Throughout the month of February, we recognize and celebrate the achievements of African Americans and recognize their central role in U.S. history. Also known as African American History Month, this celebration was initiated by noted historian Carter G. Woodson and other prominent African Americans back in 1915; since 1976, every U.S. president has officially designated the month of February as Black History Month. Canada and the United Kingdom as well as other countries around the world also devote a month to celebrating Black history.
Rose Marie McCoy (1922 – 2015)
McCoy’s name may not be instantly recognizable, but she wrote and produced some of the biggest pop songs in the 1950s. In an industry dominated by white males, McCoy was able to make her mark through her pen, even if she couldn’t through her own voice. Her songs, “After All” and “Gabbin’ Blues” never quite took off on the charts, but she was courted by music labels to write for other artists, including hit singles for Big Maybelle, Elvis Presley, and Big Joe Turner. So now when you hear Presley’s “Trying to Get You,” you’ll remember the name of the African American woman who wrote it.
Dorothy Height (1912 – 2010)
Hailed the “godmother of the women’s movement,” Height used her background in education and social work to advance women’s rights. She was a leader in the Young Women’s Christian Association (YWCA) and the president of the National Council of Negro Women (NCNW) for more than 40 years. She was also among the few women present at the 1963 March on Washington, where Dr. King delivered his famous “I Have a Dream” speech.
Ella Baker (1903-1986)
Baker was an essential activist during the civil rights movement, the Mother of the Civil Rights Movement. She was a field secretary and branch director for the NAACP and also co-founded an organization that raised money to fight Jim Crow Laws. Baker was a key organizer for Martin Luther King Jr.’s Southern Christian Leadership Conference (SCLC). But what was perhaps her biggest contribution to the movement was the Student Nonviolent Coordinating Committee (SNCC), which prioritized nonviolent protest, assisted in organizing the 1961 Freedom Rides, and aided in registering Black voters. The Ella Baker Center for Human Rights exists today to carry on her legacy.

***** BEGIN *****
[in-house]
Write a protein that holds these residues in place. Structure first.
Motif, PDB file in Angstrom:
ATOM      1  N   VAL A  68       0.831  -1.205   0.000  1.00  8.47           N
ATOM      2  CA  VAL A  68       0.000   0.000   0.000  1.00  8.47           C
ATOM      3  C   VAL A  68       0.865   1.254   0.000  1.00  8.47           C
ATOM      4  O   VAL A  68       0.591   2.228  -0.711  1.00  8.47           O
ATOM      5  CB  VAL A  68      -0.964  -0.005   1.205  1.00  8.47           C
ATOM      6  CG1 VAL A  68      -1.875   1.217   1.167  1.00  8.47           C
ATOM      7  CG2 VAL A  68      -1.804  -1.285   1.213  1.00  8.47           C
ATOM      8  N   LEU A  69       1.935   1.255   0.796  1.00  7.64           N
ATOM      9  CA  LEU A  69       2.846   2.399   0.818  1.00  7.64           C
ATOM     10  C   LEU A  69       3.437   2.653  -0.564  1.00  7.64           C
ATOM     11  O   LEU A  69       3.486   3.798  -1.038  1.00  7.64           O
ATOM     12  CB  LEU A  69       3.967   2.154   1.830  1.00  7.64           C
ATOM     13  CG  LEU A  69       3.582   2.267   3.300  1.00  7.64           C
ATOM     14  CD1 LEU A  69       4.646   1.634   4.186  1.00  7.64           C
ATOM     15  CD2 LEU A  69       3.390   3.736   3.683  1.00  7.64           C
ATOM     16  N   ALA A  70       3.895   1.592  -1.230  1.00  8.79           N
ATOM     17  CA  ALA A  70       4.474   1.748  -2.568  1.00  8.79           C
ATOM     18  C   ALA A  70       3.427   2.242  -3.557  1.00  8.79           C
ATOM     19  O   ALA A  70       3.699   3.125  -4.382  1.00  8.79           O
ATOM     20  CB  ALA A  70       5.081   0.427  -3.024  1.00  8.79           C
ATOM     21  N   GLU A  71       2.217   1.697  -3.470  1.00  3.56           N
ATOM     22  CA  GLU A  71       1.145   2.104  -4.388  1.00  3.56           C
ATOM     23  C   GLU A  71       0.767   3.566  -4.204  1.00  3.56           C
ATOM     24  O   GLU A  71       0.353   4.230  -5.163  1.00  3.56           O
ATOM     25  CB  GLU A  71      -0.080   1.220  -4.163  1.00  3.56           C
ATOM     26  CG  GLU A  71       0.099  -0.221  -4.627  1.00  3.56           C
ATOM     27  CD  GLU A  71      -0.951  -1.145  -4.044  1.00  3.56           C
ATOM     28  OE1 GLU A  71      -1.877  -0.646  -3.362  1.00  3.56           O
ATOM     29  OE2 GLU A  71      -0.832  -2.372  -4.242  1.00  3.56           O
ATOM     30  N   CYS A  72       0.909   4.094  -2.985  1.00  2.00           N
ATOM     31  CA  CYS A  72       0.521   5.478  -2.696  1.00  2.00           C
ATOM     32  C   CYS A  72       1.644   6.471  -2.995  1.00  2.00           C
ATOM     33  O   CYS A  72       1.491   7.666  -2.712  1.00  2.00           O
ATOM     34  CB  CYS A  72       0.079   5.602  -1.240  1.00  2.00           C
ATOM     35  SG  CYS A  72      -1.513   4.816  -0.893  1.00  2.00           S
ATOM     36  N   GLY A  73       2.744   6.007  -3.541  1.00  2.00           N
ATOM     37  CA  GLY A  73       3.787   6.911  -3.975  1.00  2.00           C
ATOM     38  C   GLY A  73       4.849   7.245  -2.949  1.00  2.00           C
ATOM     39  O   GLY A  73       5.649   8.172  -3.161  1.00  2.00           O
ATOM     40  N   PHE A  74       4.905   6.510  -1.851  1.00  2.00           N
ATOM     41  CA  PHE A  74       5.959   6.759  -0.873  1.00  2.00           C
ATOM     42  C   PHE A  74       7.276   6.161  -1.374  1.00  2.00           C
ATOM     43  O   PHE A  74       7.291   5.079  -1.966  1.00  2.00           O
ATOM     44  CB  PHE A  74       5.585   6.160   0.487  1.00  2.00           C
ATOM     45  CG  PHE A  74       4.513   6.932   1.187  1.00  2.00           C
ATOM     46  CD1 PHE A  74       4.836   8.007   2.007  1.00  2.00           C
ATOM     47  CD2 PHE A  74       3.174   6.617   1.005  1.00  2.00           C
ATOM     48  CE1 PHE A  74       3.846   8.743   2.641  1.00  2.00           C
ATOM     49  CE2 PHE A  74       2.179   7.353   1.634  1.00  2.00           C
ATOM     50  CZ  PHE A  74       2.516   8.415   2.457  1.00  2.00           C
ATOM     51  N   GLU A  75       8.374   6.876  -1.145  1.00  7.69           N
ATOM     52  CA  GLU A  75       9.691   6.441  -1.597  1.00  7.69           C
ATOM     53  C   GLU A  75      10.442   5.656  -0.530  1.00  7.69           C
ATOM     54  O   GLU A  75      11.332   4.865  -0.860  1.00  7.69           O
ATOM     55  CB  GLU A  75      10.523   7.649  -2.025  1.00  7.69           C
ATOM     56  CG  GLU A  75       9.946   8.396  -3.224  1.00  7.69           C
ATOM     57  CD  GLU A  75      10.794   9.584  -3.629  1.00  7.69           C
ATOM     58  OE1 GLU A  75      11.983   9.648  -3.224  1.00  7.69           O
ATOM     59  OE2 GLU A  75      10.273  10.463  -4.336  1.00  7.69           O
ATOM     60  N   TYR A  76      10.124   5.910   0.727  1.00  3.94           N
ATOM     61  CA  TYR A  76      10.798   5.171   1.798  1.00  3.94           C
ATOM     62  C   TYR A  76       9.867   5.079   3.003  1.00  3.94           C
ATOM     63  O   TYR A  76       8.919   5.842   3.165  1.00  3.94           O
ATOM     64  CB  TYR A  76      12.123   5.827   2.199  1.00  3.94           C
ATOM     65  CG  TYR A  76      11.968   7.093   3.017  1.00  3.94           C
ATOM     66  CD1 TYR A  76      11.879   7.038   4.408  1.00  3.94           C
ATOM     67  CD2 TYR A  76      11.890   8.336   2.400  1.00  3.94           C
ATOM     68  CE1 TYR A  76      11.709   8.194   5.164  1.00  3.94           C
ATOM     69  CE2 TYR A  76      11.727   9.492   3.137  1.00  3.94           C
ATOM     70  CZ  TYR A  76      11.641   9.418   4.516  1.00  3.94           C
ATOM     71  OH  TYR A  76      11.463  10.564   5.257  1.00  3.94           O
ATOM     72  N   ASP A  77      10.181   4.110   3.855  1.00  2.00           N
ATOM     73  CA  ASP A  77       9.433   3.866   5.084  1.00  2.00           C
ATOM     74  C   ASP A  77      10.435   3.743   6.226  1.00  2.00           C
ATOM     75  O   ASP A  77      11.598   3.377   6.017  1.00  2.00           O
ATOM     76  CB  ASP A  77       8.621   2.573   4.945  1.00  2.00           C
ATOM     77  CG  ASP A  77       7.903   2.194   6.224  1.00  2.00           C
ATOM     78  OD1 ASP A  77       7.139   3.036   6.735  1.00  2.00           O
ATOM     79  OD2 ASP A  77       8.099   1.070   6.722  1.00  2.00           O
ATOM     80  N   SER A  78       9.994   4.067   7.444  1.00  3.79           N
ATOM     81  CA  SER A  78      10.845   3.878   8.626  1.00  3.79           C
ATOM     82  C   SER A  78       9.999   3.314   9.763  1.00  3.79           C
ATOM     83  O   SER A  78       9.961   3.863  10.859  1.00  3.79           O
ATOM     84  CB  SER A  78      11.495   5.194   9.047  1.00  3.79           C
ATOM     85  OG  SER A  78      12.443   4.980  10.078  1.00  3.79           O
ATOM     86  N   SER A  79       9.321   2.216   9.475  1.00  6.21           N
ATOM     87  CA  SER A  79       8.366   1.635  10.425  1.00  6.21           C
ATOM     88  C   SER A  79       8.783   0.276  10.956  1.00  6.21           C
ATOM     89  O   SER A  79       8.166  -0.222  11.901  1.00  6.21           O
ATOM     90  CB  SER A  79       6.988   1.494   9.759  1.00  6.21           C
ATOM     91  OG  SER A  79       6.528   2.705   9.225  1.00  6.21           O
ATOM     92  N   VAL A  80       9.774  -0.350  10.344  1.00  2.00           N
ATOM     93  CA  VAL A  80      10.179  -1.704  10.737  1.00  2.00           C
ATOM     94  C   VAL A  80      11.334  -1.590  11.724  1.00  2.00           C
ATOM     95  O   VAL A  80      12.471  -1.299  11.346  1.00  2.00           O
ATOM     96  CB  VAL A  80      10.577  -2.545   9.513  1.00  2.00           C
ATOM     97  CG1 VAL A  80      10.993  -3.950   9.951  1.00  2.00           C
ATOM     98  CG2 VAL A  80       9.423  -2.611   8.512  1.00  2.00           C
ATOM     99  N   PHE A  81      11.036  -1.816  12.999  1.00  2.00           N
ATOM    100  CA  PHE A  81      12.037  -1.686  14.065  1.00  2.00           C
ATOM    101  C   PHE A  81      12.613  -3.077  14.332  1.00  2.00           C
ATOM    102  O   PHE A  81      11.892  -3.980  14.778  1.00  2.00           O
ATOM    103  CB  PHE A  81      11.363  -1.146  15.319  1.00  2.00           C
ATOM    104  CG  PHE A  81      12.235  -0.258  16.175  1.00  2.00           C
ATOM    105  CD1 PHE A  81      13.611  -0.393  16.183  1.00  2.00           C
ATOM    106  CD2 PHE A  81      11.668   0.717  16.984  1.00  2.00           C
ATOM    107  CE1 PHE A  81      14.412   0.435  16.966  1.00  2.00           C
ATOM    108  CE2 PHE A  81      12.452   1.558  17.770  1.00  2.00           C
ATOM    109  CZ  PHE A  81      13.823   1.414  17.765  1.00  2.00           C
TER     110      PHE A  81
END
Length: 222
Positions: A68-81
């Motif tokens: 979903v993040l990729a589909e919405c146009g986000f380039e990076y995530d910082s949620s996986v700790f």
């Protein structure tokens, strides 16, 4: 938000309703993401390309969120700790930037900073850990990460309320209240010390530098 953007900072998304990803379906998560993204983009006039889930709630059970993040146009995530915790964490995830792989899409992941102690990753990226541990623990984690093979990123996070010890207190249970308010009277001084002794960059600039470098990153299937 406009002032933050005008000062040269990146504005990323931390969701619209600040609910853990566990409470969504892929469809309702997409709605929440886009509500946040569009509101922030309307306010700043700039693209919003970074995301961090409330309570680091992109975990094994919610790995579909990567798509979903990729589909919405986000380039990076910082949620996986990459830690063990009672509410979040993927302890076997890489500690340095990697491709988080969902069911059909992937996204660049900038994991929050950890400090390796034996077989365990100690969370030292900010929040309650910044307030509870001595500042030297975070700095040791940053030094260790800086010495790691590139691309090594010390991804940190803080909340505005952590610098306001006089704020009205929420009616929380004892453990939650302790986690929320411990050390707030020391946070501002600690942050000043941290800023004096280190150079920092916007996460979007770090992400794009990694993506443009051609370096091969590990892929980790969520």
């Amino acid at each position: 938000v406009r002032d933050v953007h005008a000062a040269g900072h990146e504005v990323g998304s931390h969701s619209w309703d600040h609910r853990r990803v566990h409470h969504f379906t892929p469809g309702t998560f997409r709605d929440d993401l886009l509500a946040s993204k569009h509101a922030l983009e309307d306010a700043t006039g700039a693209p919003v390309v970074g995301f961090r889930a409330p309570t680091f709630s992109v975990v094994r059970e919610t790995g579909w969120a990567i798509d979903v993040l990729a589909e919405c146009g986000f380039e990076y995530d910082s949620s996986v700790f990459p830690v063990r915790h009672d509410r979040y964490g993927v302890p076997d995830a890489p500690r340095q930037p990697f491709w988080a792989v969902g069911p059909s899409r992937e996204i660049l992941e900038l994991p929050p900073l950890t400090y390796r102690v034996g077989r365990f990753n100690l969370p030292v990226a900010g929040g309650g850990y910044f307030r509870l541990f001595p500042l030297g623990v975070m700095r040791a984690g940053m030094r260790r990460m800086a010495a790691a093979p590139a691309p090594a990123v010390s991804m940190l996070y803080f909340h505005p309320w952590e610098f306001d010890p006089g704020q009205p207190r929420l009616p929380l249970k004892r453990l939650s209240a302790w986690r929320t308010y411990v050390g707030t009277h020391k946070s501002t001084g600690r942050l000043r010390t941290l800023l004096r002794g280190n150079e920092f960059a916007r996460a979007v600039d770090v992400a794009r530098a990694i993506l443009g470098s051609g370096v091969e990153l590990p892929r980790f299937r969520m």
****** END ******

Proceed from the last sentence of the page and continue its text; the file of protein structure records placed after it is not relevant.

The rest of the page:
Gordon Parks (1912 – 2006)
Parks was the first African American on the staff of LIFE magazine, and later he would be responsible for some of the most beautiful imagery in the pages of Vogue. He also was the first Black director of a major film, Shaft, helping to shape the blaxploitation era in the ’70s. Parks famously told LIFE in 1999: “I saw that the camera could be a weapon against poverty, against racism, against all sorts of social wrongs. I knew at that point I had to have a camera.”
Bessie Coleman (1892 -1926)
Despite being the first licensed Black pilot in the world, Coleman was not recognized as a pioneer in aviation until after her death. Though history has favored Amelia Earhart or the Wright brothers, Coleman—who went to flight school in France in 1919—paved the way for a new generation of diverse fliers like the Tuskegee airmen, Blackbirds, and Flying Hobos.
Mary McLeod Bethune (1875 – 1955)
Bethune was an American educator, stateswoman, philanthropist, humanitarian, womanist, and civil rights activist. Bethune founded the National Council for Negro Women in 1935, established the organization’s flagship journal Aframerican Women’s Journal, and resided as president or leader for many African American women’s organizations including the National Association for Colored Women and the National Youth Administration’s Negro Division. She opened a Daytona Beach Literary and Industrial School for Training Negro Girls. Eventually, Bethune’s school became a college, merging with the all-male Cookman Institute to form Bethune-Cookman College in 1929.